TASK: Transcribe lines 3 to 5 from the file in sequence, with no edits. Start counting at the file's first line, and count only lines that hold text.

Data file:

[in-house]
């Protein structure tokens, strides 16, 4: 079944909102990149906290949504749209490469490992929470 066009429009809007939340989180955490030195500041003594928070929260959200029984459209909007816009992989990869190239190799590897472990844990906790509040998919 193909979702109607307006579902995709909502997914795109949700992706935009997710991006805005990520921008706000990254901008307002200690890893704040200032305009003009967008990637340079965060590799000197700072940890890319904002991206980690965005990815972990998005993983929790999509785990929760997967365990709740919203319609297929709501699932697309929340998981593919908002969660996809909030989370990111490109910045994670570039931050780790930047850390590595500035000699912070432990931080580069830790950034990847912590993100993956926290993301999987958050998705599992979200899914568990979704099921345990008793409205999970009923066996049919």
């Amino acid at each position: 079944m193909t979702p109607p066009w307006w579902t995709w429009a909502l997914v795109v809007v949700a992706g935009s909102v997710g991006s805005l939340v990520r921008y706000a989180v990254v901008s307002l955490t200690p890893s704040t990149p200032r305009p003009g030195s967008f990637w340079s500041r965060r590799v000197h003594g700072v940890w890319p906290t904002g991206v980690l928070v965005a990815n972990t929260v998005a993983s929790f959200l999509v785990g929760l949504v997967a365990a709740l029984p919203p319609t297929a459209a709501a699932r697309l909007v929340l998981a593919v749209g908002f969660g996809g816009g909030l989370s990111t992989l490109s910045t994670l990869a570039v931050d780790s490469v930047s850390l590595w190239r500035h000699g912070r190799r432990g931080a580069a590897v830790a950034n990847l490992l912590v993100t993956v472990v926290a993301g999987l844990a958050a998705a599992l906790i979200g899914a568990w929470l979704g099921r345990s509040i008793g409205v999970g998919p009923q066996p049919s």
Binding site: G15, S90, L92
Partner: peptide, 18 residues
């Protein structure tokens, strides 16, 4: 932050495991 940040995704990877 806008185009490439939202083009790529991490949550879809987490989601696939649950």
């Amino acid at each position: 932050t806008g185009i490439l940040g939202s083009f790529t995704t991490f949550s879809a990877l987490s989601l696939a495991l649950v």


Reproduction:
């Amino acid at each position: 079944m193909t979702p109607p066009w307006w579902t995709w429009a909502l997914v795109v809007v949700a992706g935009s909102v997710g991006s805005l939340v990520r921008y706000a989180v990254v901008s307002l955490t200690p890893s704040t990149p200032r305009p003009g030195s967008f990637w340079s500041r965060r590799v000197h003594g700072v940890w890319p906290t904002g991206v980690l928070v965005a990815n972990t929260v998005a993983s929790f959200l999509v785990g929760l949504v997967a365990a709740l029984p919203p319609t297929a459209a709501a699932r697309l909007v929340l998981a593919v749209g908002f969660g996809g816009g909030l989370s990111t992989l490109s910045t994670l990869a570039v931050d780790s490469v930047s850390l590595w190239r500035h000699g912070r190799r432990g931080a580069a590897v830790a950034n990847l490992l912590v993100t993956v472990v926290a993301g999987l844990a958050a998705a599992l906790i979200g899914a568990w929470l979704g099921r345990s509040i008793g409205v999970g998919p009923q066996p049919s």
Binding site: G15, S90, L92
Partner: peptide, 18 residues